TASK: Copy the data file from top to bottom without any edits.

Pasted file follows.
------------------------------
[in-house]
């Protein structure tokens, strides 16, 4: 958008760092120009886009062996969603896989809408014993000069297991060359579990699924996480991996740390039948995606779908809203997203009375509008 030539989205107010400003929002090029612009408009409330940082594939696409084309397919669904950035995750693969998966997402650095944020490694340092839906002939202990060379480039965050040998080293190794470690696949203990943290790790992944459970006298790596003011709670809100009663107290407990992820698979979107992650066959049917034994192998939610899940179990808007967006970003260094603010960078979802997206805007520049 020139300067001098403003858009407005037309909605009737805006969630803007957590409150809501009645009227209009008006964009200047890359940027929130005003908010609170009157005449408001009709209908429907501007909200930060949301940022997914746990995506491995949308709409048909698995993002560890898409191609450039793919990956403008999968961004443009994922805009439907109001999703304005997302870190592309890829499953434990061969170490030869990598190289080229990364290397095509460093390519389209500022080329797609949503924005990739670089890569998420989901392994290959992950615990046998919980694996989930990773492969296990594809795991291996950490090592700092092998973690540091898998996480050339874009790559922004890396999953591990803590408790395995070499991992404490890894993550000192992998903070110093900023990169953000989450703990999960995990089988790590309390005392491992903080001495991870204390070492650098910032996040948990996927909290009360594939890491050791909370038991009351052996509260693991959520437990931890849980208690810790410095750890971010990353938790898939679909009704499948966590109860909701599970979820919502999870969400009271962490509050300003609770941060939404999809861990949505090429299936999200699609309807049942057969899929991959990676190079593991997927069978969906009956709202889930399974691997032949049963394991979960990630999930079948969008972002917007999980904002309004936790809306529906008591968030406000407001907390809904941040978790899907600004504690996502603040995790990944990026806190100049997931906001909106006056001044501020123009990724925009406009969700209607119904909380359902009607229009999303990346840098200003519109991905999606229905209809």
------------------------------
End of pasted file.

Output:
[in-house]
């Protein structure tokens, strides 16, 4: 958008760092120009886009062996969603896989809408014993000069297991060359579990699924996480991996740390039948995606779908809203997203009375509008 030539989205107010400003929002090029612009408009409330940082594939696409084309397919669904950035995750693969998966997402650095944020490694340092839906002939202990060379480039965050040998080293190794470690696949203990943290790790992944459970006298790596003011709670809100009663107290407990992820698979979107992650066959049917034994192998939610899940179990808007967006970003260094603010960078979802997206805007520049 020139300067001098403003858009407005037309909605009737805006969630803007957590409150809501009645009227209009008006964009200047890359940027929130005003908010609170009157005449408001009709209908429907501007909200930060949301940022997914746990995506491995949308709409048909698995993002560890898409191609450039793919990956403008999968961004443009994922805009439907109001999703304005997302870190592309890829499953434990061969170490030869990598190289080229990364290397095509460093390519389209500022080329797609949503924005990739670089890569998420989901392994290959992950615990046998919980694996989930990773492969296990594809795991291996950490090592700092092998973690540091898998996480050339874009790559922004890396999953591990803590408790395995070499991992404490890894993550000192992998903070110093900023990169953000989450703990999960995990089988790590309390005392491992903080001495991870204390070492650098910032996040948990996927909290009360594939890491050791909370038991009351052996509260693991959520437990931890849980208690810790410095750890971010990353938790898939679909009704499948966590109860909701599970979820919502999870969400009271962490509050300003609770941060939404999809861990949505090429299936999200699609309807049942057969899929991959990676190079593991997927069978969906009956709202889930399974691997032949049963394991979960990630999930079948969008972002917007999980904002309004936790809306529906008591968030406000407001907390809904941040978790899907600004504690996502603040995790990944990026806190100049997931906001909106006056001044501020123009990724925009406009969700209607119904909380359902009607229009999303990346840098200003519109991905999606229905209809």